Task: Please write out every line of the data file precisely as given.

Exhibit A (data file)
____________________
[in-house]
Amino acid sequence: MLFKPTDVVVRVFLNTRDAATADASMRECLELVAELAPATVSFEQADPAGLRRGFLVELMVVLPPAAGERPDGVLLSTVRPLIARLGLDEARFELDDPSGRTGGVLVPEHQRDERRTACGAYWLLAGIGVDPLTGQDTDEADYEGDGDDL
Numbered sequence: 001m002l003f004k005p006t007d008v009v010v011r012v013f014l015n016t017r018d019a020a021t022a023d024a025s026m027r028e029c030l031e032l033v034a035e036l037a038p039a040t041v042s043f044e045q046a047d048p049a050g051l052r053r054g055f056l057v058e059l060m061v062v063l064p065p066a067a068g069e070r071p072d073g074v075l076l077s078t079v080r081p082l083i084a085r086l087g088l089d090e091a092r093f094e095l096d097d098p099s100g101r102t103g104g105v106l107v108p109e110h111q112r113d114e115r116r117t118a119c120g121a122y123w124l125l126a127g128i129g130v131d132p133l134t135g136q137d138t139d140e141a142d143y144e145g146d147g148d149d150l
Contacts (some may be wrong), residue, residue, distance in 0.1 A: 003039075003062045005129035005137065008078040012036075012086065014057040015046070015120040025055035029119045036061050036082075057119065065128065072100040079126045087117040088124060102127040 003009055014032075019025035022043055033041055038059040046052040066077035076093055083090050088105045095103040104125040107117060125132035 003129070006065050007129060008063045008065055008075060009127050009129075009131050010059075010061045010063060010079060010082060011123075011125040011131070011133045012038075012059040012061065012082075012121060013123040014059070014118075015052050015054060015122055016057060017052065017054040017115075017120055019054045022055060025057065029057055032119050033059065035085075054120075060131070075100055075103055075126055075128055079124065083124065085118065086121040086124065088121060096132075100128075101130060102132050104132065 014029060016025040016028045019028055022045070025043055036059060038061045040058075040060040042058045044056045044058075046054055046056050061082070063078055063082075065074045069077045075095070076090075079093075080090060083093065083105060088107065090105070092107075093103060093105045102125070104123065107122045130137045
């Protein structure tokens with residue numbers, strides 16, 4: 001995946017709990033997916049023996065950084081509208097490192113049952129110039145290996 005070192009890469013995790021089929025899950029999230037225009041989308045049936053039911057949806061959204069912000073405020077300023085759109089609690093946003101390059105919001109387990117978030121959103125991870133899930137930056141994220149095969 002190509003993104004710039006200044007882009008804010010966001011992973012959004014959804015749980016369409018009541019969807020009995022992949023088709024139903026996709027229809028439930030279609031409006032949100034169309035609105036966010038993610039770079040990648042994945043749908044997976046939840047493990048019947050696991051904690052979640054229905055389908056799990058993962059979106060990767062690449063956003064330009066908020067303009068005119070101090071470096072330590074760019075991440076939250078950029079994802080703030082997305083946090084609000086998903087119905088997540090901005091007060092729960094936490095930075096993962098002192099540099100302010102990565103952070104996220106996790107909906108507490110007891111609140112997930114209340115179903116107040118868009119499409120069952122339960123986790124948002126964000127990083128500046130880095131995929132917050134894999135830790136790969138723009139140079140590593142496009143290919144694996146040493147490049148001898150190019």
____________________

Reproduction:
[in-house]
Amino acid sequence: MLFKPTDVVVRVFLNTRDAATADASMRECLELVAELAPATVSFEQADPAGLRRGFLVELMVVLPPAAGERPDGVLLSTVRPLIARLGLDEARFELDDPSGRTGGVLVPEHQRDERRTACGAYWLLAGIGVDPLTGQDTDEADYEGDGDDL
Numbered sequence: 001m002l003f004k005p006t007d008v009v010v011r012v013f014l015n016t017r018d019a020a021t022a023d024a025s026m027r028e029c030l031e032l033v034a035e036l037a038p039a040t041v042s043f044e045q046a047d048p049a050g051l052r053r054g055f056l057v058e059l060m061v062v063l064p065p066a067a068g069e070r071p072d073g074v075l076l077s078t079v080r081p082l083i084a085r086l087g088l089d090e091a092r093f094e095l096d097d098p099s100g101r102t103g104g105v106l107v108p109e110h111q112r113d114e115r116r117t118a119c120g121a122y123w124l125l126a127g128i129g130v131d132p133l134t135g136q137d138t139d140e141a142d143y144e145g146d147g148d149d150l
Contacts (some may be wrong), residue, residue, distance in 0.1 A: 003039075003062045005129035005137065008078040012036075012086065014057040015046070015120040025055035029119045036061050036082075057119065065128065072100040079126045087117040088124060102127040 003009055014032075019025035022043055033041055038059040046052040066077035076093055083090050088105045095103040104125040107117060125132035 003129070006065050007129060008063045008065055008075060009127050009129075009131050010059075010061045010063060010079060010082060011123075011125040011131070011133045012038075012059040012061065012082075012121060013123040014059070014118075015052050015054060015122055016057060017052065017054040017115075017120055019054045022055060025057065029057055032119050033059065035085075054120075060131070075100055075103055075126055075128055079124065083124065085118065086121040086124065088121060096132075100128075101130060102132050104132065 014029060016025040016028045019028055022045070025043055036059060038061045040058075040060040042058045044056045044058075046054055046056050061082070063078055063082075065074045069077045075095070076090075079093075080090060083093065083105060088107065090105070092107075093103060093105045102125070104123065107122045130137045
């Protein structure tokens with residue numbers, strides 16, 4: 001995946017709990033997916049023996065950084081509208097490192113049952129110039145290996 005070192009890469013995790021089929025899950029999230037225009041989308045049936053039911057949806061959204069912000073405020077300023085759109089609690093946003101390059105919001109387990117978030121959103125991870133899930137930056141994220149095969 002190509003993104004710039006200044007882009008804010010966001011992973012959004014959804015749980016369409018009541019969807020009995022992949023088709024139903026996709027229809028439930030279609031409006032949100034169309035609105036966010038993610039770079040990648042994945043749908044997976046939840047493990048019947050696991051904690052979640054229905055389908056799990058993962059979106060990767062690449063956003064330009066908020067303009068005119070101090071470096072330590074760019075991440076939250078950029079994802080703030082997305083946090084609000086998903087119905088997540090901005091007060092729960094936490095930075096993962098002192099540099100302010102990565103952070104996220106996790107909906108507490110007891111609140112997930114209340115179903116107040118868009119499409120069952122339960123986790124948002126964000127990083128500046130880095131995929132917050134894999135830790136790969138723009139140079140590593142496009143290919144694996146040493147490049148001898150190019």